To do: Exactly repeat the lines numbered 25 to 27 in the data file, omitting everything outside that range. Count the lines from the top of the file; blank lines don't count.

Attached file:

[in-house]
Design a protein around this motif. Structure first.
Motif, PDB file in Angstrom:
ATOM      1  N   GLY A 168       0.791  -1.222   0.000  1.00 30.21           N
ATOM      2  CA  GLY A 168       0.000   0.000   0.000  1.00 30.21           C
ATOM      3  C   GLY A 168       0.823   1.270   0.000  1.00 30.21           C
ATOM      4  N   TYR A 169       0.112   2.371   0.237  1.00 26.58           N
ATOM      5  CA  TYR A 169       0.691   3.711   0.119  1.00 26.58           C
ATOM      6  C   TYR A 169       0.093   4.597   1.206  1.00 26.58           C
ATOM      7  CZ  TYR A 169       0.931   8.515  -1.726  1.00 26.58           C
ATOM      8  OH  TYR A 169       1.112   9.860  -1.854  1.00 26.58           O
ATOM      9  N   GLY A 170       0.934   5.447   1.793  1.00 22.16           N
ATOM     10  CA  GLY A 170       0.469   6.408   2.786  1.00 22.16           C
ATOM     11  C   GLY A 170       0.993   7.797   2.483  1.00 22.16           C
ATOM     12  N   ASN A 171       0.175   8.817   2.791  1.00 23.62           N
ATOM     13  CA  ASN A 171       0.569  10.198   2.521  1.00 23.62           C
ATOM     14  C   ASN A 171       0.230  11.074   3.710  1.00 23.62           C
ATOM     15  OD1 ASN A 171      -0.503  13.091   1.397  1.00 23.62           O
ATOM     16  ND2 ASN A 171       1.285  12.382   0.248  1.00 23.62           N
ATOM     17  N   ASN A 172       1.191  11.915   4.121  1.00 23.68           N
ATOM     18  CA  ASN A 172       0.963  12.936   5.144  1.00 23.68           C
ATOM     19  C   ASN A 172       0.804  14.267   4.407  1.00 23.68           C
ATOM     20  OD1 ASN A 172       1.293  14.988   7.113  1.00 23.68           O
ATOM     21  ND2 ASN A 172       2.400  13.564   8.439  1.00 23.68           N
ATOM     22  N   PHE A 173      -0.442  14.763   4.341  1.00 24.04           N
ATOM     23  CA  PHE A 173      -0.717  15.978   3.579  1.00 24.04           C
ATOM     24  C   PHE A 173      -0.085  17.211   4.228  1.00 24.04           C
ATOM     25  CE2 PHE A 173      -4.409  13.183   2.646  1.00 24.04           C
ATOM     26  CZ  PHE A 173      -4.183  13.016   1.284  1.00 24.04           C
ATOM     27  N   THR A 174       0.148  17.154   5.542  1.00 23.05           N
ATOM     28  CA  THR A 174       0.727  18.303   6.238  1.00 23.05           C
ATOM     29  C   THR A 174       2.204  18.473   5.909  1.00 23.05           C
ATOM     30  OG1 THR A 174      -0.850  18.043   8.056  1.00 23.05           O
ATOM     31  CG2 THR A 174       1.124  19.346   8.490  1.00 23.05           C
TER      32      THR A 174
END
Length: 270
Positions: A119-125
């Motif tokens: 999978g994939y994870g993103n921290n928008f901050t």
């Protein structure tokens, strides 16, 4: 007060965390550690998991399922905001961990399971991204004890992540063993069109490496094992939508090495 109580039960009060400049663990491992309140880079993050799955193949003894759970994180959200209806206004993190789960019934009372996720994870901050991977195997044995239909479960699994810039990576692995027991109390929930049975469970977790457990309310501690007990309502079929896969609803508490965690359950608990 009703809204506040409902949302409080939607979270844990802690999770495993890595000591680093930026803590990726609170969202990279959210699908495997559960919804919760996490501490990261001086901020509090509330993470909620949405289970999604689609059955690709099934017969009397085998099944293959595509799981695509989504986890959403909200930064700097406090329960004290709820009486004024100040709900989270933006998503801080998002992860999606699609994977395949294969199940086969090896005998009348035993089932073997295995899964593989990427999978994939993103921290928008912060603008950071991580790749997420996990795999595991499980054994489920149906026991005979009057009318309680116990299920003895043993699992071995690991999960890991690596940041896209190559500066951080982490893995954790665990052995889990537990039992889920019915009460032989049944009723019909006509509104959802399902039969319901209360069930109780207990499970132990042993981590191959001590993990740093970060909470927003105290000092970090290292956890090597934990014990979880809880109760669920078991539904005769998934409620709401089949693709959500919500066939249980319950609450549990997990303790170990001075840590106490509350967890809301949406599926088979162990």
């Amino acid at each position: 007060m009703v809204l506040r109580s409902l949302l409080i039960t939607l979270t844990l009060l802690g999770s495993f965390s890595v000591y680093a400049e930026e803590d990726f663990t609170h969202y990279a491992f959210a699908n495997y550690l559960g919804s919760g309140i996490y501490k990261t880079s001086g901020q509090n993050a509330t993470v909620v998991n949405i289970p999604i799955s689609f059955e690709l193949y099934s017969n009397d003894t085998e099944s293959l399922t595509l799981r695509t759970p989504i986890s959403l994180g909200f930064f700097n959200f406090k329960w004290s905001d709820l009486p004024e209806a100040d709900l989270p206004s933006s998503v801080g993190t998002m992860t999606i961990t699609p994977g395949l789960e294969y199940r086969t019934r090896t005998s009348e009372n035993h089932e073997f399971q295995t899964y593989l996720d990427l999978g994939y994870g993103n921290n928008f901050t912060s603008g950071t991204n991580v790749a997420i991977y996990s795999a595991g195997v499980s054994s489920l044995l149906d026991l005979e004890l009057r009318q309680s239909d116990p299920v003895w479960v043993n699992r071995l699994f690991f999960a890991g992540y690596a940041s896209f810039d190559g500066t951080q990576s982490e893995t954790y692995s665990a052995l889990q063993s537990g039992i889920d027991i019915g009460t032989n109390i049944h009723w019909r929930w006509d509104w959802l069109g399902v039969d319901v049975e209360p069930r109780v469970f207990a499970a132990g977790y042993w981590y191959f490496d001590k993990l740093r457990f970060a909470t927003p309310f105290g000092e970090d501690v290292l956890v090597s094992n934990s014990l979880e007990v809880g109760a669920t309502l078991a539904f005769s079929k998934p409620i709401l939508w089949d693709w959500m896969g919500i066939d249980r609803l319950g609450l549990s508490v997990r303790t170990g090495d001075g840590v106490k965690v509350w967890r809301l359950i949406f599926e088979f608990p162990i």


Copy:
ATOM     22  N   PHE A 173      -0.442  14.763   4.341  1.00 24.04           N
ATOM     23  CA  PHE A 173      -0.717  15.978   3.579  1.00 24.04           C
ATOM     24  C   PHE A 173      -0.085  17.211   4.228  1.00 24.04           C